I Fell off the FSA Tightrope in One Month

by Kay Lynn

Yaquina Monster needs Dental Work

Using the medical flexible spending account (FSA) is one way we stretch our budget every year.  Each December, I carefully consider the expenses we will  have (prescriptions, doctor visits, dental cleanings, etc.) and then add some extra for unknown.

It’s a tightrope balance between selecting too much and risk losing the money or not enough.  This year I fell off the tightrope already!

An Unplanned Expense

During my quarterly cleaning appointment earlier this month, my dentist decided to call in a specialist for one troublesome area.  He sent me to a periodontist for help with a problem around one tooth which is a dental implant.

Next week I’ll be having  gum surgery including getting a bone graft. The cost is large; I could have gotten dentures three times over for the money that has been spent on this one tooth over the years for a root canal, crown, implant, new crown and now this surgery.

My goal is to keep my teeth throughout my lifetime so this procedure was the only option.

Insurance Fortune

If I had known about the surgery last month, I would have allotted the maximum amount for my FSA.  Instead, it’ll be gone next week and I’ll be paying all other out of pocket medical expenses with after tax dollars.

But there is one bright spot.  My dental plan pays $1,500 in benefits per year which this will use completely. That’s not the good part.

The good news is that this year my employer is changing insurance carriers February 1st so I get another $1,500 for the year.

Emergency Funds Work

The remaining several hundred dollar balance after FSA and insurance will come out of our emergency fund.  You know that account with money in it just waiting for life to throw a wrench in your plans.

If you don’t have one of those accounts, before you start sending every extra penny to pay off debt or buy a new shiny toy start saving!  You really need at least three months income set aside at a minimum.

We can’t control every expense or plan for every problem in life.  What we can do is be ready for it!

Do you have an emergency fund?  When have you needed to use it?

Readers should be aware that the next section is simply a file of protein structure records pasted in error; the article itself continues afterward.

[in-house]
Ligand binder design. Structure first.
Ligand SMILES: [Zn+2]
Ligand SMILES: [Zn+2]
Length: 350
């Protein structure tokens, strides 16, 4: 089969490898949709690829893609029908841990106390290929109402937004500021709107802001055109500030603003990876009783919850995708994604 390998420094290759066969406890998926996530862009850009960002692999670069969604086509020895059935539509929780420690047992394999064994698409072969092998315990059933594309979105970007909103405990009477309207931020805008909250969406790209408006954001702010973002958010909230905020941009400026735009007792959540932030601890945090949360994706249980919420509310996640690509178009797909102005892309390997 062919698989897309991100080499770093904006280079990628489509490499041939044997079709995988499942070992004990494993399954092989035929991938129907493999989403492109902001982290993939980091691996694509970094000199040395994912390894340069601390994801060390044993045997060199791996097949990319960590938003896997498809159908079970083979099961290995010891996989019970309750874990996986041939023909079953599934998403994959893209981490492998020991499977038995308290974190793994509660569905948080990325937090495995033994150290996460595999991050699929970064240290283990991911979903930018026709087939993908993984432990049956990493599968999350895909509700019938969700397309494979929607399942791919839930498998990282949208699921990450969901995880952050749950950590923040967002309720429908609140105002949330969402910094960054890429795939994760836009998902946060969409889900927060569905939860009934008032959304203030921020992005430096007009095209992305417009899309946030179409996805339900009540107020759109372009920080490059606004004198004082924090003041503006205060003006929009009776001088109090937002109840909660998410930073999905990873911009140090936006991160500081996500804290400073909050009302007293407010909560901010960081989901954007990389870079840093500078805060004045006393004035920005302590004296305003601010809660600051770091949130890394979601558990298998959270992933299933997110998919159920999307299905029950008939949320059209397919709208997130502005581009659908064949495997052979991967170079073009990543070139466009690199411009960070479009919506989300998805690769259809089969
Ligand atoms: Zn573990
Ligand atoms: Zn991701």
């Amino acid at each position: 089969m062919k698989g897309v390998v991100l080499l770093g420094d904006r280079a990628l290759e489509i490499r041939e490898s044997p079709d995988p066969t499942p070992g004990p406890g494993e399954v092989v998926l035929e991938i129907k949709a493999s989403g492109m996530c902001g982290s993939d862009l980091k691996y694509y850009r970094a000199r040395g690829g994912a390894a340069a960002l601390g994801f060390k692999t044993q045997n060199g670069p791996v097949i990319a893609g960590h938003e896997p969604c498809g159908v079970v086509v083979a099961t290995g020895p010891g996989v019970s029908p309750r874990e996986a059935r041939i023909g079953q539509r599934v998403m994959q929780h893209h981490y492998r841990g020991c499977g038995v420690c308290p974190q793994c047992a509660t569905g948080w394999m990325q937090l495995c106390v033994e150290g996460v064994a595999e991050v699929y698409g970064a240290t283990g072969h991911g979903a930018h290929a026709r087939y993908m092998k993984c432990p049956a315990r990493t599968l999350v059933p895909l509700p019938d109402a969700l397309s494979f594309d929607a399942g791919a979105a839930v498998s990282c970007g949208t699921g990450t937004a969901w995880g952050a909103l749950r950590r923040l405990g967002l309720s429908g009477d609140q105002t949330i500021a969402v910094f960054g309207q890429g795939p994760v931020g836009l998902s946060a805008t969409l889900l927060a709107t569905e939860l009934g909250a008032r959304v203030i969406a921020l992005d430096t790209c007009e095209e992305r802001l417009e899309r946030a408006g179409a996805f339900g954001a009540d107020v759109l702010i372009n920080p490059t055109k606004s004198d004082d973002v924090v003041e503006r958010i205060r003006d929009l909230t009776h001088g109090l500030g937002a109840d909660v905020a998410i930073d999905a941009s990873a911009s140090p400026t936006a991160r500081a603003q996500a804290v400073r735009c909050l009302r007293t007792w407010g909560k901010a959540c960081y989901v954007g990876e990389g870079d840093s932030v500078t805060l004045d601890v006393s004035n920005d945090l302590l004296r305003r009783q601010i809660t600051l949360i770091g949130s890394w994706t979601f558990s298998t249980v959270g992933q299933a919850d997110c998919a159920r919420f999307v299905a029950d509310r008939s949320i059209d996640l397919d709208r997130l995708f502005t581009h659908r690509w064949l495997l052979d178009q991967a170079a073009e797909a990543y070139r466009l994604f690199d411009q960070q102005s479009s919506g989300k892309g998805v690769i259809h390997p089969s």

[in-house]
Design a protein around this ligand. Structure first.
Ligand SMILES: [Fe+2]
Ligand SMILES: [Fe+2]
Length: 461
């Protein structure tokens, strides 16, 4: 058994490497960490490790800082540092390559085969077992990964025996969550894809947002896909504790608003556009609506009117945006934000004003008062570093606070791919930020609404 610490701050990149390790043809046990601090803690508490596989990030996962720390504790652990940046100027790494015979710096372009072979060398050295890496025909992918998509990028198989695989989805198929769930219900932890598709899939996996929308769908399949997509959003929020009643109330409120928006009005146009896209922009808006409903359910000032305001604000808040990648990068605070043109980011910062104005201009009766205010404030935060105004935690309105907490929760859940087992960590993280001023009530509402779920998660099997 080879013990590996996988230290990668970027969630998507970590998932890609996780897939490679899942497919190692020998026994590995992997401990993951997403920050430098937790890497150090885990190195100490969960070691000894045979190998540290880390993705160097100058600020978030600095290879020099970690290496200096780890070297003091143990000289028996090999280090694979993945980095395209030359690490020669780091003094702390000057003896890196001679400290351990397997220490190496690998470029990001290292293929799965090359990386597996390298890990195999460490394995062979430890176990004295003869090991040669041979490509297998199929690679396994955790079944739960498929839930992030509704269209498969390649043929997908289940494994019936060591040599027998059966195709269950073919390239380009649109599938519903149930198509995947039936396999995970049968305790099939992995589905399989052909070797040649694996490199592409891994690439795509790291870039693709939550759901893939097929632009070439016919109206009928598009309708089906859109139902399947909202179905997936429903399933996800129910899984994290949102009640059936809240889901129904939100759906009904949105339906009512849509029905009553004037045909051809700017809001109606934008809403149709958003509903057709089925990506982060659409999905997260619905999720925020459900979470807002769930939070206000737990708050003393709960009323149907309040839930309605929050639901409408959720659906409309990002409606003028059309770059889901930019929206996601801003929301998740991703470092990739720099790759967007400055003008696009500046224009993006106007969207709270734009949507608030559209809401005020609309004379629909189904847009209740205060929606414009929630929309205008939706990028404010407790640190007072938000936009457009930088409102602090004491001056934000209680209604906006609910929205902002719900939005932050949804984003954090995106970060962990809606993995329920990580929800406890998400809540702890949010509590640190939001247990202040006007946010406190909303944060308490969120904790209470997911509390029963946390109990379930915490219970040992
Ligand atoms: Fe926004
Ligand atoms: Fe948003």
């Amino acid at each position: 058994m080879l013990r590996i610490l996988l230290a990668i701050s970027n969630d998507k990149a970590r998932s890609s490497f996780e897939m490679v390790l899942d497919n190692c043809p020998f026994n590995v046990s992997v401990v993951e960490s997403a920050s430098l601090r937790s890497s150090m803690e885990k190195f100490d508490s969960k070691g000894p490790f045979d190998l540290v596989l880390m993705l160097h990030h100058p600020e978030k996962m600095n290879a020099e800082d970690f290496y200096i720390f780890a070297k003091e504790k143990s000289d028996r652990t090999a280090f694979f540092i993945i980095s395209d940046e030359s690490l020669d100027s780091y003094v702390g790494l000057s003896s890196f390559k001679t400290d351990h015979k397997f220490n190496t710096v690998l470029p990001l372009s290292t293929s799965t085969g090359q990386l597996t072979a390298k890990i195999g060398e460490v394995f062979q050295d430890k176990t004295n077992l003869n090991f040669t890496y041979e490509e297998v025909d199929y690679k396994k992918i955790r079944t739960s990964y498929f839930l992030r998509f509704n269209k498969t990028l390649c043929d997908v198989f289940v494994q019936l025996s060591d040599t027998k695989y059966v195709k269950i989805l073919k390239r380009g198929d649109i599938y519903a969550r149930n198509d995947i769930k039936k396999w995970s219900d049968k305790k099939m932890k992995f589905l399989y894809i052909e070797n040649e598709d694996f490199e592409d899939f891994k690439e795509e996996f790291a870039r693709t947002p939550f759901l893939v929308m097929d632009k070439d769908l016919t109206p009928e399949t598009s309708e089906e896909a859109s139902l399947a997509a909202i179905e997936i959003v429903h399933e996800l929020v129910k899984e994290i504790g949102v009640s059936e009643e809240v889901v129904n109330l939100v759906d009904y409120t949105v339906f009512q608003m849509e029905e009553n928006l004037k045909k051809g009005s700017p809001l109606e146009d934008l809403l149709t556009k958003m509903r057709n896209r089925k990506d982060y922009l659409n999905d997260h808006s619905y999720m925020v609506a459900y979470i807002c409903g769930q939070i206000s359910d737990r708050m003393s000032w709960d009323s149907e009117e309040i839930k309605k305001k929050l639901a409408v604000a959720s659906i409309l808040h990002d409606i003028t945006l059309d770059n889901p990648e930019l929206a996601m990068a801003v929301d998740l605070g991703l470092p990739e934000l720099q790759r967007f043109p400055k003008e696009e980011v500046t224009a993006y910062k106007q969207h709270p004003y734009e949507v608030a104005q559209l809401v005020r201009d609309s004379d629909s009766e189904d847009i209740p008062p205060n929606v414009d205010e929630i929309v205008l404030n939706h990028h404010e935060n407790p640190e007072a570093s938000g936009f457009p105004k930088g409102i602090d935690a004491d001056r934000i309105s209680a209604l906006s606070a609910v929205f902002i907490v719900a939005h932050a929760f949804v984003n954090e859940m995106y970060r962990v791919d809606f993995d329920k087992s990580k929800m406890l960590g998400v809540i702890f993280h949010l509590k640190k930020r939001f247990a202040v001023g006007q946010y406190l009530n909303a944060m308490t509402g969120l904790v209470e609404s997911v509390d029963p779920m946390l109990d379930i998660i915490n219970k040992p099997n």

photo by: Old Sarge

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JoeTaxpayer January 27, 2012 at 6:26 am

Kay, sorry to hear this. Dental is really a wild card in this issue. Jane’s root canal work or the timing of Jane 2.0’s braces both blew away our FSA numbers over the years. These are among the reasons that a bit of reform is in order for the FSA rules.

Yes, we paid these out of savings.

Khaleef @ KNS Financial January 27, 2012 at 10:25 am

Last year we experienced something similar. We set aside $1,000 (down from our usual $1,500) in our FSA, and then her doctor switched her to a prescription which isn’t covered by our plan.

That’s why we are trying to build up a good size emergency fund even while we have debt!

shanendoah@the dog ate my wallet January 27, 2012 at 10:57 am

Dental surgery is the worst.
I know it feels like you fell off the wagon, but at least you’re using yoru FSA. I’ve never used mine. I keep telling myself that if we have kids we’ll add money to it, but otherwise… (bad finance blogger, I know)
And, you have an emergency fund. And honestly, I’d rather have too little in the FSA than too much.

krantcents January 27, 2012 at 11:42 am

There is always something and that is why an emergency fund helps. There is always an umplanned dental or medical procedure that just comes up. At my age, I feel like my warranty ran out. Some of the things that occurs now were done 40-50 years ago.

Dave Hilton January 27, 2012 at 2:37 pm

Usually we’re scrambling to use all our money before the end of our plan year. But this year we’ve almost used it all already (our plans start in July & September) & we have several months to go.

However, without taking advantage of the FSA or HSA…we’d be spending a fortune out of pocket!

Maggie@SquarePennies January 27, 2012 at 8:49 pm

I feel your pain! We don’t have dental insurance and I hold my breath hoping I don’t need major work. When my husband retired he lost the dental insurance and our dentist said it wasn’t worth it to buy, in his experience. So we’ve been limping along without it, paying as we go. Fortunately we have enough saved to cover the expense, but it hurts just the same!

Kay Lynn January 31, 2012 at 12:22 pm

Maggie, I think it’s helpful for the two of us but that might be because we’re at the age of expensive maintenance (crowns, bridges and more!).

Corey @ Passive Income to Retire January 28, 2012 at 5:28 am

Wow – so sorry to hear that. At least your employer is conveniently switching plans. Ughh. what a mess. But then again, thinking about surgery makes me feel sick. 🙂 Good luck with the surgery.

Kay Lynn January 31, 2012 at 12:20 pm

Thanks, Corey. I’m getting ready to go and am a little nervous but I’m sure it’ll be fine.

Joanne Gregory January 29, 2012 at 12:16 pm

We have always had an emergency fund and I never let my kids forget that they need to have one too.

Kay Lynn January 31, 2012 at 12:21 pm

Joanne, that’s great. One of my regrets is that I wasn’t the best role model for my kids in terms of finance. Hopefully, they’ll learn from me now.

Evan January 30, 2012 at 9:36 pm

Is the only difference between an FSA and HSA is the need to use it by the end of the year? I have neither…if that is the only difference why not just use an HSA?

Kay Lynn January 31, 2012 at 12:20 pm

The HSA is used normally in conjunction with high deductible insurance plans. I have a traditional HMO insurance plan but use the FSA for glasses, copays and other medical supplies. Last year my husband got hearing aids and we used the FSA for the $2,000 price tag!

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